Calcium Hardness ?

Total hardness and calcium hardness in pool water.
Scale, calcium buildup, hard water and scaling problems.
Andrew88

Calcium Hardness ?

Postby Andrew88 » Sat 10 Oct, 2009 22:21

Richard The Third. wrote:Nope.
But here is the formula for an idiot:
Sneek in a bathroom and look in the mirror. :lol:


What is your problem?


Guest

Calcium Hardness ?

Postby Guest » Sun 27 Jul, 2014 10:01

chem geek wrote:To avoid foaming, you can raise it to 100-120 ppm. It doesn't have to be very high unless you have exposed grout in tile, plaster, etc. A vinyl pool does not need a higher calcium level. There is controversy over whether it is needed to prevent metal corrosion, but pH is the primary factor for metal corrosion (i.e. don't let the pH get very low -- keep it near 7.5 and not below 7.0 for any extended length of time).

So my 18 feet above ground pool does not need the calcium hardness raised?
chem geek
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Calcium Hardness ?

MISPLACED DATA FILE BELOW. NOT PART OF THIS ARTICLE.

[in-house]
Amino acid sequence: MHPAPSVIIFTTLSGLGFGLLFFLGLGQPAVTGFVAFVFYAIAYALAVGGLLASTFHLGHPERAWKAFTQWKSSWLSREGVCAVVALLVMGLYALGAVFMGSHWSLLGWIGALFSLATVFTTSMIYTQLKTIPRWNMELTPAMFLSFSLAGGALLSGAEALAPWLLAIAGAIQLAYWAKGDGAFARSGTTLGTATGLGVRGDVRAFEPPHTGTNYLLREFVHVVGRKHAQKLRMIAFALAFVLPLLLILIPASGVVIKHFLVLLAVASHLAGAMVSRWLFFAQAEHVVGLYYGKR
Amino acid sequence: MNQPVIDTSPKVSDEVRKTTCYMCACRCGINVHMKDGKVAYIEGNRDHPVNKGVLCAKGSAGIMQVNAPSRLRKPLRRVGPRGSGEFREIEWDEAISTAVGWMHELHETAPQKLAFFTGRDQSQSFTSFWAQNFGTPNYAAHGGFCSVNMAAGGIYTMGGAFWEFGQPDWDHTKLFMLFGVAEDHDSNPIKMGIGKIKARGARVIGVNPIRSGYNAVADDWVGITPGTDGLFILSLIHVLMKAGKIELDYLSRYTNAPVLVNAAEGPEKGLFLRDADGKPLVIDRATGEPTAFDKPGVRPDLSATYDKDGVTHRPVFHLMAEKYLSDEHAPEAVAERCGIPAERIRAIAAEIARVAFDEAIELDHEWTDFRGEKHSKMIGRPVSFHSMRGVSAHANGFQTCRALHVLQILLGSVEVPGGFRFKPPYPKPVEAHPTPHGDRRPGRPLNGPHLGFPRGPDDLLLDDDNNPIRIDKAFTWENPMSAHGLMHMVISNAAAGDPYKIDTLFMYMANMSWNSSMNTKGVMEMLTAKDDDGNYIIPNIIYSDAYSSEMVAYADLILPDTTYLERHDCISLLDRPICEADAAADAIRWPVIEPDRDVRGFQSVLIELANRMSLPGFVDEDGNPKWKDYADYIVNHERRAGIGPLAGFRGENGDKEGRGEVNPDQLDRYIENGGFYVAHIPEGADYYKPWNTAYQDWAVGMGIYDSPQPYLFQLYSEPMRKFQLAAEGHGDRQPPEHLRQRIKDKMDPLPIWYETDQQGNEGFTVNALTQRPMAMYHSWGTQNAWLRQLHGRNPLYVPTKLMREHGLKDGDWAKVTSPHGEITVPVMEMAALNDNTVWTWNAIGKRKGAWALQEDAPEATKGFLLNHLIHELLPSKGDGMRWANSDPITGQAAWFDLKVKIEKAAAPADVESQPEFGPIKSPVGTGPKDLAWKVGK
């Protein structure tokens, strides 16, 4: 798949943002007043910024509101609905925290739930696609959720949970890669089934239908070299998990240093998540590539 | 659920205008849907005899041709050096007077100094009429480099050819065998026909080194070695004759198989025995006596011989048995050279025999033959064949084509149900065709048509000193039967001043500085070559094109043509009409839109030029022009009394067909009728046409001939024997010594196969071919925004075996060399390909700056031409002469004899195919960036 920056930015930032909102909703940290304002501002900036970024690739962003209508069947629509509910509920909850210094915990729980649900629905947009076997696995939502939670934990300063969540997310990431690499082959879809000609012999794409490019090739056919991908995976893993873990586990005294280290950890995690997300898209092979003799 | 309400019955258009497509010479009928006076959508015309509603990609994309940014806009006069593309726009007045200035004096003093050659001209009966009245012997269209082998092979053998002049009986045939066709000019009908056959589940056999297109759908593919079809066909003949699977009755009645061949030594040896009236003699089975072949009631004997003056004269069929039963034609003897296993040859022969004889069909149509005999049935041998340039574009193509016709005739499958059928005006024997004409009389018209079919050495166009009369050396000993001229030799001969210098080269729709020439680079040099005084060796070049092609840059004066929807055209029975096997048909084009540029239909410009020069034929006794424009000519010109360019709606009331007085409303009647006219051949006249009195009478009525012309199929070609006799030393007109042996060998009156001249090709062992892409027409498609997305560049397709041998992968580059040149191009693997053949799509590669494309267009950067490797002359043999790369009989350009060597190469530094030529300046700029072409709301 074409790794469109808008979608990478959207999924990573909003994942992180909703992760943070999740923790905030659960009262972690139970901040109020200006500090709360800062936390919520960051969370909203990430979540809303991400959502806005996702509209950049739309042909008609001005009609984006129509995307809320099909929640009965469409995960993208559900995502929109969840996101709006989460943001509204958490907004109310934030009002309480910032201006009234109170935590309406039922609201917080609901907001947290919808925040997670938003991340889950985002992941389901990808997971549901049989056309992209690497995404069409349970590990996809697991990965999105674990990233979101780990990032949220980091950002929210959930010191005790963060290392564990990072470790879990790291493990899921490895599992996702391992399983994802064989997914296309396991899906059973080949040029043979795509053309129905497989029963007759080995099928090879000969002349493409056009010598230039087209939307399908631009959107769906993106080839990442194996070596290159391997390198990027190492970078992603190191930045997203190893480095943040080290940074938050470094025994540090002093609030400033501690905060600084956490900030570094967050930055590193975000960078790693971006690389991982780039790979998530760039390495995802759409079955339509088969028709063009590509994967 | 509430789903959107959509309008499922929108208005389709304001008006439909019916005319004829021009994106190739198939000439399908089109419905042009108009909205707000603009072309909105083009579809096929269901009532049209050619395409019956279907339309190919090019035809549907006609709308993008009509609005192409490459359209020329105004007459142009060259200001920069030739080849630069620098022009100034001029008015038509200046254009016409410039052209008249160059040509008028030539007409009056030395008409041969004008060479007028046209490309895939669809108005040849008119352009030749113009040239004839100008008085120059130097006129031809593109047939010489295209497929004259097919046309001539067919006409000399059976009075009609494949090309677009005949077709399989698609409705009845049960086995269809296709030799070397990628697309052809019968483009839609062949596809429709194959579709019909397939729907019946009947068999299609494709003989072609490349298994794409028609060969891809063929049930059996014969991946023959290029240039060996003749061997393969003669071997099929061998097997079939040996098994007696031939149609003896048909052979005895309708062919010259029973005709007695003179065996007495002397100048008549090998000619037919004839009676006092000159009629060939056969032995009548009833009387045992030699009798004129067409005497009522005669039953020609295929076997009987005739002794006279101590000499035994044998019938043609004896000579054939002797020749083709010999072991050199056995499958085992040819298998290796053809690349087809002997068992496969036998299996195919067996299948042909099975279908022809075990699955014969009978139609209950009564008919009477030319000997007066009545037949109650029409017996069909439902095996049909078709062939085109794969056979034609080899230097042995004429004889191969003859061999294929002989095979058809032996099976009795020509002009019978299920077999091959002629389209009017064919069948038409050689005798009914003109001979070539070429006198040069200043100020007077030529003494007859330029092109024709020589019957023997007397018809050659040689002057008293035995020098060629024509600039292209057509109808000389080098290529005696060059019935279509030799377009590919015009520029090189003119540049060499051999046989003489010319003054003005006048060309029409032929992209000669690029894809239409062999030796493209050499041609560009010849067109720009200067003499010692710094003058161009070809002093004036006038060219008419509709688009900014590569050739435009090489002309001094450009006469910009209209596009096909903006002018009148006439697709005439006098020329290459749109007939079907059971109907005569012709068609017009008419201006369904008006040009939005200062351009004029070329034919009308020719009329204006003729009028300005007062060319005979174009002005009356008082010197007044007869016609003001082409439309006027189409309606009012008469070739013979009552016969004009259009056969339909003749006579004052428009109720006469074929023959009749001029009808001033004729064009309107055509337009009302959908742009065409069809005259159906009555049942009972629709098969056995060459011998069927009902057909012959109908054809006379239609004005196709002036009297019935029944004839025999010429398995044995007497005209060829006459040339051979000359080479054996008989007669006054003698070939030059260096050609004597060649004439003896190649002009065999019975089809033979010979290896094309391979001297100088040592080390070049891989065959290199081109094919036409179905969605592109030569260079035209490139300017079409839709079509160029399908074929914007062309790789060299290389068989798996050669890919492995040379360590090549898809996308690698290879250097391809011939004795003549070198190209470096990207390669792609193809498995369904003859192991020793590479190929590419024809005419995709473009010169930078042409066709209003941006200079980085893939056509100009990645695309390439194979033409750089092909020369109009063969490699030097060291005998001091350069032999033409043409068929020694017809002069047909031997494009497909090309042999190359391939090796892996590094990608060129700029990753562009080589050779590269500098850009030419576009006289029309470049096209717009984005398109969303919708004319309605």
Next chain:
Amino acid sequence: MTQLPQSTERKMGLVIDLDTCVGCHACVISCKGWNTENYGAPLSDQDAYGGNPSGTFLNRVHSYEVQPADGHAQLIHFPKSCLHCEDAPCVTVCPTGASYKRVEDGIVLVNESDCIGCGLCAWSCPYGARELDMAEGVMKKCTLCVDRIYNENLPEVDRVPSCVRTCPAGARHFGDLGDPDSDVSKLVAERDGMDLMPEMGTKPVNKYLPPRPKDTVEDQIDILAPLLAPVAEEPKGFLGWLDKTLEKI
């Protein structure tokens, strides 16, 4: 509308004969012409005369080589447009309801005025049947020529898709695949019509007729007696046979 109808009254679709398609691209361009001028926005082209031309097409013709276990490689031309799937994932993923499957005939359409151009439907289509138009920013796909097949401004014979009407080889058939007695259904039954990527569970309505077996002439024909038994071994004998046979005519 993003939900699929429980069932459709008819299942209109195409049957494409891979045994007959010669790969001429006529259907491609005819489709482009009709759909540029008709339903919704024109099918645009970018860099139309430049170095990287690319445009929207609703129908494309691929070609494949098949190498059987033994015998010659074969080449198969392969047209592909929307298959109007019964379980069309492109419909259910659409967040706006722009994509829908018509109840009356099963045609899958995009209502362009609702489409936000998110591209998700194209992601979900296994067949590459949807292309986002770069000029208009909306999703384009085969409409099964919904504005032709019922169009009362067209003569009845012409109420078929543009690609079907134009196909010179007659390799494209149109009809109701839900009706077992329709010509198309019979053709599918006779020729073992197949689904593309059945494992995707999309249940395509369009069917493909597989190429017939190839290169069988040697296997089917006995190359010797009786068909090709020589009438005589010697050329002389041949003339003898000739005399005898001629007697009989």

Postby chem geek » Sun 27 Jul, 2014 16:50

If you do not have plaster or grout exposed to the water, then you do not need calcium in the water.
chem geek
Pool Industry Leader
Pool Industry Leader
Posts: 2381
Joined: Thu 21 Jun, 2007 21:27
Location: San Rafael, California

Calcium Hardness ?

Postby chem geek » Fri 12 Sep, 2014 22:41

Again, if you do not have a plaster pool or grout exposed to the water, then you do not need extra calcium. So if you have a vinyl pool you're fine. If you have a plaster pool you should increase your CH, probably to around 300 ppm.

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